• Pour into the prepared pan (or the tins if you are making smaller breads). Do not fill any saucepan more than â…”. Bake for 40 minutes (small mussels) and 55 minutes for a single large loaf.
  • Let cool completely before unmolding. Can be stored, wrapped and refrigerated, for a week.

Mix of Creole Snacks

1 14-ounce can Wheat Chex cereal (8 cups)
1 cup of coconut shavings (unsweetened)
2 cups honey roasted peanuts
2 cups broken pretzel sticks
2 cups of sesame sticks
10 tablespoons unsalted butter
2 tablespoons of soy sauce
2 teaspoons of granulated garlic
2 teaspoons of granulated onion
1 teaspoon of cayenne
1 teaspoon of paprika
1 teaspoon of oregano
1 teaspoon of thyme
2 teaspoons of kosher salt

  • Heat the oven to 250 degrees. In a large bowl, combine cereal, coconut, peanuts, pretzels and sesame sticks.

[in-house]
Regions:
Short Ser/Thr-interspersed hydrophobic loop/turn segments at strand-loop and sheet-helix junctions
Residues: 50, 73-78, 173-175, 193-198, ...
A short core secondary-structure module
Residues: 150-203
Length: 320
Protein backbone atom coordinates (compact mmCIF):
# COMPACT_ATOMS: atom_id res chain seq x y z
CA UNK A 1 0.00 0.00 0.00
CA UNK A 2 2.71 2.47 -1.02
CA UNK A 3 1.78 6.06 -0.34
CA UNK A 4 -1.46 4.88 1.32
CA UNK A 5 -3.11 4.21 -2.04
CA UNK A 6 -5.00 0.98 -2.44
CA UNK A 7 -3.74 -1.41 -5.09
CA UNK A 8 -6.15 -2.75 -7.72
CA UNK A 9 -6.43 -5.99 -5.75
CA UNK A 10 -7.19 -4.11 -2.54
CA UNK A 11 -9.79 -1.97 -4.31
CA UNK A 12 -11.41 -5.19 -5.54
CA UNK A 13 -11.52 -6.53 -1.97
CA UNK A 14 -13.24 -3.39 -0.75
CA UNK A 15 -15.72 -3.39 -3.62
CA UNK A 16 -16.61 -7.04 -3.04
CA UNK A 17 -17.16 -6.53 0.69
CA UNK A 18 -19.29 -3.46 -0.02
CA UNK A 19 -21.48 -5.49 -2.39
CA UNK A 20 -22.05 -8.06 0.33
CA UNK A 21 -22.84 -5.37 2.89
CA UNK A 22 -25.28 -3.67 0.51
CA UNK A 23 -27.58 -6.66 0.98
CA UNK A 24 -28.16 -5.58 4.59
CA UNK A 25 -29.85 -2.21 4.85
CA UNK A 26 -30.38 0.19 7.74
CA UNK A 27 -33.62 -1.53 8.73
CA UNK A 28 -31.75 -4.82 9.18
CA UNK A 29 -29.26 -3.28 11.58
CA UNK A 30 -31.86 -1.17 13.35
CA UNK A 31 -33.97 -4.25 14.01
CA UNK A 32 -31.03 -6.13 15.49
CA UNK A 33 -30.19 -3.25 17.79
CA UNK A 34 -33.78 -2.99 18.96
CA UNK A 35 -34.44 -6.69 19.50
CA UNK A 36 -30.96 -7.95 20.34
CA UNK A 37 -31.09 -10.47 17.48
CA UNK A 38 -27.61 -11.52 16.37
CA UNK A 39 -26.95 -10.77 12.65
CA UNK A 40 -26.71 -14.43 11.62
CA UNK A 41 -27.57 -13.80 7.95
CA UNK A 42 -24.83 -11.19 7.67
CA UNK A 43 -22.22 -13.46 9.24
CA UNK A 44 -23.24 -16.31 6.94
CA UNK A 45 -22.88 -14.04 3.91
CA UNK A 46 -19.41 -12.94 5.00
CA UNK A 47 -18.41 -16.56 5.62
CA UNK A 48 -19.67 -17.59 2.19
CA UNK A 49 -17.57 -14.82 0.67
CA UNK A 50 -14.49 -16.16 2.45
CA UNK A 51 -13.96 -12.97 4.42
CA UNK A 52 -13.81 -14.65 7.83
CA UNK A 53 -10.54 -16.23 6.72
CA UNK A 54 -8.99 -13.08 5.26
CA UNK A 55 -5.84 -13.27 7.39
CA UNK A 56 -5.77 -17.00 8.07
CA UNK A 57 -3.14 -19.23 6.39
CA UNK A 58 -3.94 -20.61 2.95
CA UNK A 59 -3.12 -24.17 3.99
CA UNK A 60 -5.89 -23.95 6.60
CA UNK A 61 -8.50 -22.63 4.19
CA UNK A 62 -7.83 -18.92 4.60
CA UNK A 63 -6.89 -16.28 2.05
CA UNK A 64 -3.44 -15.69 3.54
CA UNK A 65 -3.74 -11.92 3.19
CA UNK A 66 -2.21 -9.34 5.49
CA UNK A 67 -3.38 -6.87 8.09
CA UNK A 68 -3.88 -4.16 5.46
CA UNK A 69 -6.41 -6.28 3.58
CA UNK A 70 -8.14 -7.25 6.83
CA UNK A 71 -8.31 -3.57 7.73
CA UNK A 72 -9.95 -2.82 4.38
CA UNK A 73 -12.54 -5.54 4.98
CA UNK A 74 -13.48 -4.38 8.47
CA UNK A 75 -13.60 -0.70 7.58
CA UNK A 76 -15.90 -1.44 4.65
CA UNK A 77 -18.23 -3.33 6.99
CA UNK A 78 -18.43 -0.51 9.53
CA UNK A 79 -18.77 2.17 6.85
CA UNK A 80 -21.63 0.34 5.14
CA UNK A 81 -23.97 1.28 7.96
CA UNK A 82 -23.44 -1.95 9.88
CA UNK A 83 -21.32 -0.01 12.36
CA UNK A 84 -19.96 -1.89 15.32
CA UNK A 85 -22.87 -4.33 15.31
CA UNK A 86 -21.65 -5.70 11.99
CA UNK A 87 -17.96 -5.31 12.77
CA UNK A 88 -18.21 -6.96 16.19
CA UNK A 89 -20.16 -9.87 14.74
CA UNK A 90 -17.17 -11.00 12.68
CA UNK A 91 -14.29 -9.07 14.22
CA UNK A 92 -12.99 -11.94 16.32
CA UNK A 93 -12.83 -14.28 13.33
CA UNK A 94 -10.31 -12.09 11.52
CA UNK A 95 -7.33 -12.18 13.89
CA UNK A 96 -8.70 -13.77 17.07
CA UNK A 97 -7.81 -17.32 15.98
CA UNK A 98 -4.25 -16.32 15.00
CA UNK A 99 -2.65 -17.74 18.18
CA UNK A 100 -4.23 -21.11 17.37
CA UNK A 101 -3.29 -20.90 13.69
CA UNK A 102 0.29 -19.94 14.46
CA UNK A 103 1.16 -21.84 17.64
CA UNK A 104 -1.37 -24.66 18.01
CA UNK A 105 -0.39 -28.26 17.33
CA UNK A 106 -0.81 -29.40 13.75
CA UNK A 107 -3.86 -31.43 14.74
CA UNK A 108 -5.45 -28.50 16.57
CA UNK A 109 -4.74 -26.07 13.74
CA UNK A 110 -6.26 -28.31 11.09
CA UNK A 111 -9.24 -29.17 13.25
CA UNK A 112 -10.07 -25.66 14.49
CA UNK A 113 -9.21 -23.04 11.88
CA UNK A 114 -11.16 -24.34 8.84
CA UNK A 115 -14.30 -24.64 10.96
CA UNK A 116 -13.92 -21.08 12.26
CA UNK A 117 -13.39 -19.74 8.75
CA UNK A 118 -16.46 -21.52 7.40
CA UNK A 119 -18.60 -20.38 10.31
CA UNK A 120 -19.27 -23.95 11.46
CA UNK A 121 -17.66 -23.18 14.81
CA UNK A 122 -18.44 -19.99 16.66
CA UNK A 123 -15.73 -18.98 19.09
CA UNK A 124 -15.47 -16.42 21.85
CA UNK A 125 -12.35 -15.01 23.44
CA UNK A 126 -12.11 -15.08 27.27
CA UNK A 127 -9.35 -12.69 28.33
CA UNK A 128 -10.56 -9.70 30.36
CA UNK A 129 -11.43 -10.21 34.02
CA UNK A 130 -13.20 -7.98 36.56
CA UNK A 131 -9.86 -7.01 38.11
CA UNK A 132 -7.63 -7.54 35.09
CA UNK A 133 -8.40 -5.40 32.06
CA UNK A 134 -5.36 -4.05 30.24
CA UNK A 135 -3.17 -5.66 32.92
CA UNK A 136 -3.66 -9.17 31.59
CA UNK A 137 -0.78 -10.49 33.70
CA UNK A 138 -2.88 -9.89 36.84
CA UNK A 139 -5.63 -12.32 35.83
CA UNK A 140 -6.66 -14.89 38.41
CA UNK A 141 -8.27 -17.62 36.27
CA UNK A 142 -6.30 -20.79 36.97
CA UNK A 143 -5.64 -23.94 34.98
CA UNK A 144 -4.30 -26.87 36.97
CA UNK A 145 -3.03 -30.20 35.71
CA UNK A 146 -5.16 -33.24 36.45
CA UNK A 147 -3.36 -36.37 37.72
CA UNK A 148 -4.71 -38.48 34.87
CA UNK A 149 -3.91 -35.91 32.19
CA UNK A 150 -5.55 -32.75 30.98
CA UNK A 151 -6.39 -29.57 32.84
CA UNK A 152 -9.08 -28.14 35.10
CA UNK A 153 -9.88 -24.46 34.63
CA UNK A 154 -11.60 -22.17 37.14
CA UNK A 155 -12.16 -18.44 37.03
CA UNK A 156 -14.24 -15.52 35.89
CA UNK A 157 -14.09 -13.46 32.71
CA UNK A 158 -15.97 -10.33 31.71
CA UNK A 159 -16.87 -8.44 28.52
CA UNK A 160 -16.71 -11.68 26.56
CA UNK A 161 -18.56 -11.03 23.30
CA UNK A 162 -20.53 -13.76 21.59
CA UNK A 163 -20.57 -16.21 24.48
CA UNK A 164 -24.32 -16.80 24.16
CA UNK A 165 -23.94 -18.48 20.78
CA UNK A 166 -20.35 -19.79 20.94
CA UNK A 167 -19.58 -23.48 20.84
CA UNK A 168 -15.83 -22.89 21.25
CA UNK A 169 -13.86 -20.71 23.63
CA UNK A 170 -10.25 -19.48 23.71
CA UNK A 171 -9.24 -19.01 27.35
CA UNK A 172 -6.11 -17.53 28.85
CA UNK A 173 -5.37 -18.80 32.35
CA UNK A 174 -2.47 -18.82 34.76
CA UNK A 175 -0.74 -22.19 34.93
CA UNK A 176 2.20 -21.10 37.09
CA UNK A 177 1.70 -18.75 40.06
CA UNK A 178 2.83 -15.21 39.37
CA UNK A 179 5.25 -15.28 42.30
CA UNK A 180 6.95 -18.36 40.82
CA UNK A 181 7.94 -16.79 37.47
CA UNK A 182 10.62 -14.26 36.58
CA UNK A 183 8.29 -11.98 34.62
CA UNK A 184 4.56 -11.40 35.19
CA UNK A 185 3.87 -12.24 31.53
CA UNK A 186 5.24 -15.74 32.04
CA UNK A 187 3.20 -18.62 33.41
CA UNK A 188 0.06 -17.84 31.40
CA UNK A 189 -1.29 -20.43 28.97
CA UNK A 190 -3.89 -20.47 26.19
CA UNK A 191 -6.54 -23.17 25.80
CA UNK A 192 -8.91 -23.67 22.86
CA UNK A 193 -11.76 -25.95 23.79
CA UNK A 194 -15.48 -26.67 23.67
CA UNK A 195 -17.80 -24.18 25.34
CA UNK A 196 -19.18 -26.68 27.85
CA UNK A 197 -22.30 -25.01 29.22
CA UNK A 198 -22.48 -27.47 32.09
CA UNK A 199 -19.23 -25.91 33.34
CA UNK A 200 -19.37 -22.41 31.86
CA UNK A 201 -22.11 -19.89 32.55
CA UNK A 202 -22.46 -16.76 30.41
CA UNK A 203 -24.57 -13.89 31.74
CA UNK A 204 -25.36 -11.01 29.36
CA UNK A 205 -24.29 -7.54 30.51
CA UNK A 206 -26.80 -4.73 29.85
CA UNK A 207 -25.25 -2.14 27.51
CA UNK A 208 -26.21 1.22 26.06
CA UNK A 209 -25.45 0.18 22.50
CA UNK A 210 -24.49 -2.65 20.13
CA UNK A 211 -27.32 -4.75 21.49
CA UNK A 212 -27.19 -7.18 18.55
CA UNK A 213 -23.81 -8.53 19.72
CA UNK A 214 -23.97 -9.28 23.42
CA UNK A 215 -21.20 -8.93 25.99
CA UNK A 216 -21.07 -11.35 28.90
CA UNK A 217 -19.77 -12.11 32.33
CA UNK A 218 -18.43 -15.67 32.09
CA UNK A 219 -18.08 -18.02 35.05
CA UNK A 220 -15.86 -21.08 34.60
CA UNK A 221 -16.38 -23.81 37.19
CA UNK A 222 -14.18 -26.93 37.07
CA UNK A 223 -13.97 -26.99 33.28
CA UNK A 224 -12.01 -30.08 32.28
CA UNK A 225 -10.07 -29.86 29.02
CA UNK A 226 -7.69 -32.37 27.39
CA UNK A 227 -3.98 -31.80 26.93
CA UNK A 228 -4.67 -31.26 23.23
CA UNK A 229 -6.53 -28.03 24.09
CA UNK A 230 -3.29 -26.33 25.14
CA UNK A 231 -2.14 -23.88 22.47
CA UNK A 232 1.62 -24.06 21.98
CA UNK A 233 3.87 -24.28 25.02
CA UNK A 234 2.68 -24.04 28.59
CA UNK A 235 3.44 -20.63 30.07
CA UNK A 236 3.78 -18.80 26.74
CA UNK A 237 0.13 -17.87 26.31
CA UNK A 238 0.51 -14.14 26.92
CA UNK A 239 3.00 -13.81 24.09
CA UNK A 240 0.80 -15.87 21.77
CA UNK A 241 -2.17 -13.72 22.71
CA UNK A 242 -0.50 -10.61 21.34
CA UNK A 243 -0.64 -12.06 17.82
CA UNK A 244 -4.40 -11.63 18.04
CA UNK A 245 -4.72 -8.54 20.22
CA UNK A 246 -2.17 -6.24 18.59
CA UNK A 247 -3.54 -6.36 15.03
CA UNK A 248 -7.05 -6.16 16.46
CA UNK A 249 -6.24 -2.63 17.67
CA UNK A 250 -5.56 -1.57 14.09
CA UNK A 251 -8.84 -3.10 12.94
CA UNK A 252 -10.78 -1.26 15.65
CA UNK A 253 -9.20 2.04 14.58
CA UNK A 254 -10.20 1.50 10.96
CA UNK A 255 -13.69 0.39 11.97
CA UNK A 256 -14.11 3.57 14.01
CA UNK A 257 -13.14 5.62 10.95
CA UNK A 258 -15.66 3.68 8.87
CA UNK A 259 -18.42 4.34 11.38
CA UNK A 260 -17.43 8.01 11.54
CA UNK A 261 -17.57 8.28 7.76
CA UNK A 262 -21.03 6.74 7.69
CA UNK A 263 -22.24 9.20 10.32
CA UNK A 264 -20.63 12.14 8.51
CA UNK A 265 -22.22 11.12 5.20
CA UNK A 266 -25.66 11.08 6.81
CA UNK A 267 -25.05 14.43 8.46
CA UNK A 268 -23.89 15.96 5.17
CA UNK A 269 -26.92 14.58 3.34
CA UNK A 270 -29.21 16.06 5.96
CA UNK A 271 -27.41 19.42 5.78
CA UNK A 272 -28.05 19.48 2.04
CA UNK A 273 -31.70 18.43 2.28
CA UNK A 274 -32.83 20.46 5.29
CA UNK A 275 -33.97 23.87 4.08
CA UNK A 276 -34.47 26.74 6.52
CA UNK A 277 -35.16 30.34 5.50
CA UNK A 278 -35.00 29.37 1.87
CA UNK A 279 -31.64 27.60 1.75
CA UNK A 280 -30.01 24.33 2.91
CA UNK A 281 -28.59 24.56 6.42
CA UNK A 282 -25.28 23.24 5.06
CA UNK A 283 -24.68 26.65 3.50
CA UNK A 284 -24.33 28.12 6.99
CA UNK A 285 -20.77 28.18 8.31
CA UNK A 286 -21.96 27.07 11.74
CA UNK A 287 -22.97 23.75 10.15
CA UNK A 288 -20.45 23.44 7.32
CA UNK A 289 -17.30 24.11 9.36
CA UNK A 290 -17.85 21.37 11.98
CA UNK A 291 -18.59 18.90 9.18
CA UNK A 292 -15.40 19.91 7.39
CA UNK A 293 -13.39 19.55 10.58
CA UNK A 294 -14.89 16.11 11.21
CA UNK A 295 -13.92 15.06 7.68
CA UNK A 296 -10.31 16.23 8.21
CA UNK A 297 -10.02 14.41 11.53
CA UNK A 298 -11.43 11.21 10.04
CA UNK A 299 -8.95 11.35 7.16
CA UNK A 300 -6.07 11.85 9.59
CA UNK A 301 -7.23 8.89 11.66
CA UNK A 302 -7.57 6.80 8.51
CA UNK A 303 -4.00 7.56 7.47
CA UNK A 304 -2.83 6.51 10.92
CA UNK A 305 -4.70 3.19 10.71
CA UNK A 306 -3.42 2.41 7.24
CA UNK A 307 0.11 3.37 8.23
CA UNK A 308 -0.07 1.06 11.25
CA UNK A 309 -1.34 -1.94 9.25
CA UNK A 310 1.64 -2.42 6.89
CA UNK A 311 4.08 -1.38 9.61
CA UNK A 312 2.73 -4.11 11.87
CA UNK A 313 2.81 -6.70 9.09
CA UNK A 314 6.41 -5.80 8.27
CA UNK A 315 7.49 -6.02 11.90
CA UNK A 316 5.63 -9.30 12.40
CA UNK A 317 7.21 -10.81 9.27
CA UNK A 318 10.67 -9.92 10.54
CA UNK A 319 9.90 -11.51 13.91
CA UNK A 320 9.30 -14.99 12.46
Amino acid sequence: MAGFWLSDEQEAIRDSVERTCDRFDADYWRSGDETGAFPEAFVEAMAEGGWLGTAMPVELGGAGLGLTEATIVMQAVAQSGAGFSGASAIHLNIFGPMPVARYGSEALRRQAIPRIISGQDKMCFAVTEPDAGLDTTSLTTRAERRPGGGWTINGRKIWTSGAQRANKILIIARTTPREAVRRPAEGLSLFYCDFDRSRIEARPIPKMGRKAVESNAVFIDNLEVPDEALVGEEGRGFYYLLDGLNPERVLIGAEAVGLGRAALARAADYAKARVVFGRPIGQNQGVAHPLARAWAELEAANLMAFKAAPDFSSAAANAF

• Melt butter in microwave at 30 second intervals until completely liquid, then stir in soy.
  • Combine the spices in a small bowl and set aside.
  • Slowly pour the butter all over in the bowl, taking care to mix well and coat each piece.
  • Shake the spice blend all over in a few turns, stirring, to coat evenly.
  • Spread out on two baking sheets. Roast for 40 minutes total, stirring once halfway through cooking.
  • Keeps for a few weeks in airtight containers.

Alcoholic chocolate coffee
Makes 10 cups

6 cups of strong brewed coffee (caffeinated or decaffeinated)
½ cup brown sugar
½ cup of cocoa powder
2 cups of whole milk
2 cups of alcohol (see note)

  • Combine the milk, sugar and cocoa powder in a saucepan over medium-low heat. Cook, stirring, until the steam is hot and the sugar is melted.
  • Pour the hot coffee into a large bowl and stir in the milk mixture. Let cool a bit, then use a funnel to pour into jars. Let come to room temperature, then refrigerate.
  • Shake before serving. Good hot or iced. Keeps in the refrigerator for a month.
  • Note: I used bourbon, and it made the coffee particularly alcoholic. You can use coffee or hazelnut liqueur, Irish cream, rum or spiced rum. Or anything alcoholic at all!